REMINISCENCE - AVRO ARROW

by BERNARD A HODSON

In the early 50s two UK subsidiaries were at Malton, Ontario: Avro Aircraft, designing planes, and Orenda Engines, designing jets. Avro Aircraft designed the CF100 fighter, an excellent plane, a flying saucer (enhancing knowledge of circular aircraft), an anti-ballistic missile missile, and the commercial Avro Jetliner, a 4 engine airliner which was a pleasurable flying experience. It also designed a supersonic plane known as the 'Arrow'.

The targets for the Arrow were Soviet planes, knowledge being needed of their speed, range, manoeuvrability and armament. It was also necessary to know the parameters of possible Arrow missiles, the main contenders being the Hughes Falcon and the Douglas Sparrow.

The characteristics (speed, manoeuvrability etc.) of the Arrow, its missiles, and the target, plus systems uncertainty factors, determine what is known as the 'probability of kill', PK. The missile radar systems had a forward sighting 'window', only within that window could the target be shot down. The situation changed each second due to target evasive action and the response of aircraft electronics. To evaluate which missile to recommend one determined the PK for different Arrow missile systems against possible targets.

AVRO had acquired a computer (CRC102A), which was used for a variety of aerodynamic analyses, demonstrating the usefulness of the new fangled computers. Cooperating with the Institute of Aerophysics this led to significant knowledge extension on compressible fluids and supersonic flight. Computer programs in machine language were fed to the computer, along with needed data, by paper tape telex (at a speed of a few characters per second), also used for results output The memory of the computer was tiny, storage being a cylindrical drum, and it was very slow. With drum systems knowledge was needed of drum rotational speed and instruction time, with the instructions placed not in physical sequence but so as to avoid an extra drum revolution in accessing them serially.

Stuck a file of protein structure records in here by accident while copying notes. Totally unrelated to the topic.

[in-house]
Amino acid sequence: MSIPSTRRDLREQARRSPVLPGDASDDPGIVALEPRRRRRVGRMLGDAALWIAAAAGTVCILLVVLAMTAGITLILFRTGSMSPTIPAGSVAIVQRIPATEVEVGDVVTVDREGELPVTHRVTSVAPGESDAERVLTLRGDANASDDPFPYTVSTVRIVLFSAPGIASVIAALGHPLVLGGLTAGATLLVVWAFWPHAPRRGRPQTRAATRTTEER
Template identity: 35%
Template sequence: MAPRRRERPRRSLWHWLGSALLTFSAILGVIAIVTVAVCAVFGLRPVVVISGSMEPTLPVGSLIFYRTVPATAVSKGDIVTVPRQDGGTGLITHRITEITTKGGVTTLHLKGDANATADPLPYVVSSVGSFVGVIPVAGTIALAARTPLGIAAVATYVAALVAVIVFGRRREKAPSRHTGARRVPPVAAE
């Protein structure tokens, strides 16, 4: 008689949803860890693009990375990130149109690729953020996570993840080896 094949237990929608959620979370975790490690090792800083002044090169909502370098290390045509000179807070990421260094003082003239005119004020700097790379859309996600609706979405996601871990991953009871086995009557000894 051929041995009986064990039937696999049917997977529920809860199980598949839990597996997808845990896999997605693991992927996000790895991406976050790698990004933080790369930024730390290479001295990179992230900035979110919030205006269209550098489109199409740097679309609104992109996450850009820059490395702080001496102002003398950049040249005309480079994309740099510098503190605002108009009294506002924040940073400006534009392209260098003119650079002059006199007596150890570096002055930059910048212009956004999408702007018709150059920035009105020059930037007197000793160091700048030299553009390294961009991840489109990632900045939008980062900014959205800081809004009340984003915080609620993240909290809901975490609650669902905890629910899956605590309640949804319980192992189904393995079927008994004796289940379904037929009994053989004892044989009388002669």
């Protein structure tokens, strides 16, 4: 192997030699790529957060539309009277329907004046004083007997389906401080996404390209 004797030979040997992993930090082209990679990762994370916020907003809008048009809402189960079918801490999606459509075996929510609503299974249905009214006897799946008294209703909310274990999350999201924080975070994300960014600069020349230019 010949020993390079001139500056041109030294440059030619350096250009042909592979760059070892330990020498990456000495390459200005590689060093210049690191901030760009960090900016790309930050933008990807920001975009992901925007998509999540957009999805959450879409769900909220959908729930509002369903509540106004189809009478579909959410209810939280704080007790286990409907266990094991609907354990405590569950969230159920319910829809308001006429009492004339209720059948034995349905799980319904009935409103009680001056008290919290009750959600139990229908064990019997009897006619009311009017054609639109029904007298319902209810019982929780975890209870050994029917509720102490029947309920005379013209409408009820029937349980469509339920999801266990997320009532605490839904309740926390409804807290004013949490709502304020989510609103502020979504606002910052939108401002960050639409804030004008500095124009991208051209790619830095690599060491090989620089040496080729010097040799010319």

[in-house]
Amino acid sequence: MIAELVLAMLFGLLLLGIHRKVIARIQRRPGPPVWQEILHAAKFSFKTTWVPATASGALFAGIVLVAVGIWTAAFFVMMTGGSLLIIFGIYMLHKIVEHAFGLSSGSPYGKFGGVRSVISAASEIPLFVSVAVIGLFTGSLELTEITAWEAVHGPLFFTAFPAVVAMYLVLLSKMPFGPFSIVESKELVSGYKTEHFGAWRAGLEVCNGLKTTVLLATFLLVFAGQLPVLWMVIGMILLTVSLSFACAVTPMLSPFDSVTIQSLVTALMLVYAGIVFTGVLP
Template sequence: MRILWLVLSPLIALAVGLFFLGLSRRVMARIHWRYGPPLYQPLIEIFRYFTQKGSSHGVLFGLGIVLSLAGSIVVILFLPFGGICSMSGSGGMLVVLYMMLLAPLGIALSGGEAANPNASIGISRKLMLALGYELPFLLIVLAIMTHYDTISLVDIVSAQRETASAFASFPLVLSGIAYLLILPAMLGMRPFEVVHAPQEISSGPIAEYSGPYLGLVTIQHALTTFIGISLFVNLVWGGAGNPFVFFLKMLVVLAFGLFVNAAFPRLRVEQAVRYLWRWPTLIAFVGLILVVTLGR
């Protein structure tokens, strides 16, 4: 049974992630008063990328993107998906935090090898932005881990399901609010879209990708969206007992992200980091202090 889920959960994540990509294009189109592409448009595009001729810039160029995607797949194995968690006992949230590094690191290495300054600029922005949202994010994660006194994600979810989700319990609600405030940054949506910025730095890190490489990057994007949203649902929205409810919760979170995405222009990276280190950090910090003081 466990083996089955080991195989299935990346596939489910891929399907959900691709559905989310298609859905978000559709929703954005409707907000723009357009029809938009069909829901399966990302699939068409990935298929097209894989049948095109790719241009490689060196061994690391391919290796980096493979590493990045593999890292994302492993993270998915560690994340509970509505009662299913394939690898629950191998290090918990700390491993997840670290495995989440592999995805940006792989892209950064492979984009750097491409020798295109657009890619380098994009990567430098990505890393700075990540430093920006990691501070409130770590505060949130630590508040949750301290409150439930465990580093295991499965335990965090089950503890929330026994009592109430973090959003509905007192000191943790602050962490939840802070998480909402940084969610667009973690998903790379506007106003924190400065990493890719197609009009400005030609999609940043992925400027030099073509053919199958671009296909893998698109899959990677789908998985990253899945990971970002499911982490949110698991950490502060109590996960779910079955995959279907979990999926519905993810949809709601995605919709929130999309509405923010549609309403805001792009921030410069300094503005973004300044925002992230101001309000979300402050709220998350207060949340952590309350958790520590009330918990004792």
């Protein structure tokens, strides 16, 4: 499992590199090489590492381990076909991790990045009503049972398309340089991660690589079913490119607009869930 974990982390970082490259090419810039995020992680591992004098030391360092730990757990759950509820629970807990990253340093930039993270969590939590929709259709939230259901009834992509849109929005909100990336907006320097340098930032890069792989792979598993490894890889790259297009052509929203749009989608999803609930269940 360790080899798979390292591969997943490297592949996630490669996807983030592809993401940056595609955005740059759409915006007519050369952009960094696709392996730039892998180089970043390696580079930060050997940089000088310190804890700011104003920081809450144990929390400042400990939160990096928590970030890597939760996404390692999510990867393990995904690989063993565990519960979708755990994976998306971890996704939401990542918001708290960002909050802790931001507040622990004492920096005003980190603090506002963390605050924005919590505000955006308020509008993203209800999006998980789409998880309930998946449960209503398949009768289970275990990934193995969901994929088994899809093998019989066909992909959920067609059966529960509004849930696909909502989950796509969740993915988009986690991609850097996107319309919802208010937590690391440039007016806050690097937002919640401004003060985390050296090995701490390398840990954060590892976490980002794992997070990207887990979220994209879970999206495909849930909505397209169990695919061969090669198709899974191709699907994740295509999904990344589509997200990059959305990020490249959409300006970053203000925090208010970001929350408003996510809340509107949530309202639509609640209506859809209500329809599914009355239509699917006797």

The first non aerodynamic computer program was that of a simulator for aircraft/missile engagements, as far as is known the first of its kind. It would simulate an aircraft/missile engagement under various conditions, determining the PK for a variety of Arrow-borne missiles with different targets. Early computers had no graphics capability and trajectory results had to be printed and plotted by hand. It saved many days of manual work, although each simulation took several hours to run.

A person who helped install the UK computer FERUT at the University of Toronto, (subject of a later article), joined the Aerodynamics Department, becoming an expert in 'flutter analysis'. He used the computer to considerably expand the knowledge of such phenomena, ('flutter' is where an aircraft wing, subjected to certain loads and wind conditions, will start to resonate, causing wing failure). In later years, when the new Toronto City Hall was designed in the shape of two airfoils, he and a colleague did a study to show that the City Hall, under certain wind velocities and direction, might resonate and collapse. Whether any notice was taken is not known, but City Hall still stands.

AVRO negotiated with IBM for their first larger scale scientific computer (IBM 701, later called IBM 704). Following its introduction Avro tested out a new language called Fortran, developed initially by Northrop Aircraft. This enabled the writing of programs in a scientifically oriented notation rather than machine language, speeding up application development considerably.

The North American defence system used at that time a system called 'Sage' which linked early warning systems to a computer. If it and the relatively unreliable early warning systems happened to be working, (by no means a certainty), it could handle about 100 objects in the air at any one time and the probability of hostile aircraft getting through was quite high. Arrow was designed to intercept these incoming aircraft so its electronics had to be capable of integrating with Sage, adding further skills to the rapidly expanding information technology of the time.

The Arrow would still be today one of the most beautiful and versatile aircraft ever built. It was destroyed, along with the world's most powerful jet engine, the Iroquois, by short sighted politicians. Ironically, today sees state of the art software called Arrow.